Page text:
Stan Sulzmann – Tenor Saxophone, Nick Smart – Trumpet/Flugelhorn
Ross Stanley – Hammond Organ, Tim Giles Drums
British saxophonist and composer Stan Sulzmann has been at the forefront of European contemporary jazz since the 1960s. He has played and collaborated with a host of jazz superstars including Gil Evans, Mike Gibbs, Kenny Clarke/Francy Boland and Michael Brecker and has appeared with bands across Europe including the Hilversum Radio Orchestra, NDR Big Band (alongside Chet Baker), Hanover Radio Symphony Orchestra and the New York Composers Orchestra.
Originally formed by Stan for a BBC broadcast from the 2013 London Jazz Festival the Organ Quartet plays a mixture of his original tunes and cunning re-workings of standards – the band puts a contemporary spin on the jazz tradition.
Stan has brought together three of his closest musical friends, each with a huge wealth of talent. Organist and pianist Ross Stanley is one of the most in-demand musicians in the UK playing for the cream of the UK jazz scene as well as many visiting artists. Trumpeter Nick Smart has established himself as one of the pillars of jazz education in the UK. He currently heads the Jazz Department at The Royal Academy of Music in London and has performed with the Kenny Wheeler Big Band, James Taylor Quartet and the Stan Sulzmann Big Band. Drummer Tim Giles (described by the Telegraph as “a cutting edge drummer”) needs no introduction to Sulzmann fans as he has been Stan’s drummer of choice for many years, playing in his Big Band and Neon Quartet.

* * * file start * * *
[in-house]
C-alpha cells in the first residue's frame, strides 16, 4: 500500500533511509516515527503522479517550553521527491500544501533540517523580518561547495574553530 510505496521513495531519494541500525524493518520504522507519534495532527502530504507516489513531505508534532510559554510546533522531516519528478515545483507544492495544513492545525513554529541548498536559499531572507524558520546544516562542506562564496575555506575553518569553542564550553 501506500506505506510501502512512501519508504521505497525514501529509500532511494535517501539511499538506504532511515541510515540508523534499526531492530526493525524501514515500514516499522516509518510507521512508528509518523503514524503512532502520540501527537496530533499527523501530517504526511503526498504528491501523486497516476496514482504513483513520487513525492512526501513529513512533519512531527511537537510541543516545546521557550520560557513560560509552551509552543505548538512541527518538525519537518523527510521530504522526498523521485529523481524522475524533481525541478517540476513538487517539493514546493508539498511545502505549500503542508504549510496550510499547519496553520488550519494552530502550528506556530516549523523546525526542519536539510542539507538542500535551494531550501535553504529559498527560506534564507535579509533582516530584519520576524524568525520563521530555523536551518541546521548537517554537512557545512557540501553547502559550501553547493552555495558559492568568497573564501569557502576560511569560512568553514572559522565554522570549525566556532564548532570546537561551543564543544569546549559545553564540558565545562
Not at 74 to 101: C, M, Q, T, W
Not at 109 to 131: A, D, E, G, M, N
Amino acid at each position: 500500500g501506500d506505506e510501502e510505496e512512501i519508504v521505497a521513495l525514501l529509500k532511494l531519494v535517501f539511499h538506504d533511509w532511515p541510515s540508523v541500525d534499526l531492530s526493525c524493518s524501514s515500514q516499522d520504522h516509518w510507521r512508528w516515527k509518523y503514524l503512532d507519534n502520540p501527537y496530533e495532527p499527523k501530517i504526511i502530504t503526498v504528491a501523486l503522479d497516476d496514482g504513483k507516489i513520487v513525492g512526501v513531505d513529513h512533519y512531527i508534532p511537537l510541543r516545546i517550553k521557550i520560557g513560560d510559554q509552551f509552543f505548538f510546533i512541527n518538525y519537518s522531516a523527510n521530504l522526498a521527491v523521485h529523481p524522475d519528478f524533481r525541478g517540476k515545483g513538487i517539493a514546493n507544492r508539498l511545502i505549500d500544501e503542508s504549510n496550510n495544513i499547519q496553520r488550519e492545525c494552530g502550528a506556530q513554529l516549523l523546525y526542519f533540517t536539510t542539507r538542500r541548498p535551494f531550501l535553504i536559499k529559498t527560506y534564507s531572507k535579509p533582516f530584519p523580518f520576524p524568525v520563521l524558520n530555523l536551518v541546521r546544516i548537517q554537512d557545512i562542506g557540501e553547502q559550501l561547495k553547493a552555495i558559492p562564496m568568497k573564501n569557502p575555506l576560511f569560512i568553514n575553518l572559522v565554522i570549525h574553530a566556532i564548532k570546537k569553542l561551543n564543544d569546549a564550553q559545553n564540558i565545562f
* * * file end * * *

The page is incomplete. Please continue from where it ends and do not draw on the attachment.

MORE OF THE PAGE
Shadow Painting is a collaboration between these four incredible musicians. The result is an album of real musical beauty that is both vibrant and delicate. Stan’s hallmark robust yet lyrical sound is complimented by Ross Stanley’s expressive Hammond accompaniment which often shimmers and swirls underneath the surface while Tim Giles’ tasteful bustling grooves give the group real momentum.
There are eight originals by Stan and a wonderful interpretation of Dizzy Gillespie’s Con Alma which is turned into a waltz with a nod to Stan’s great friend and pianist John Taylor.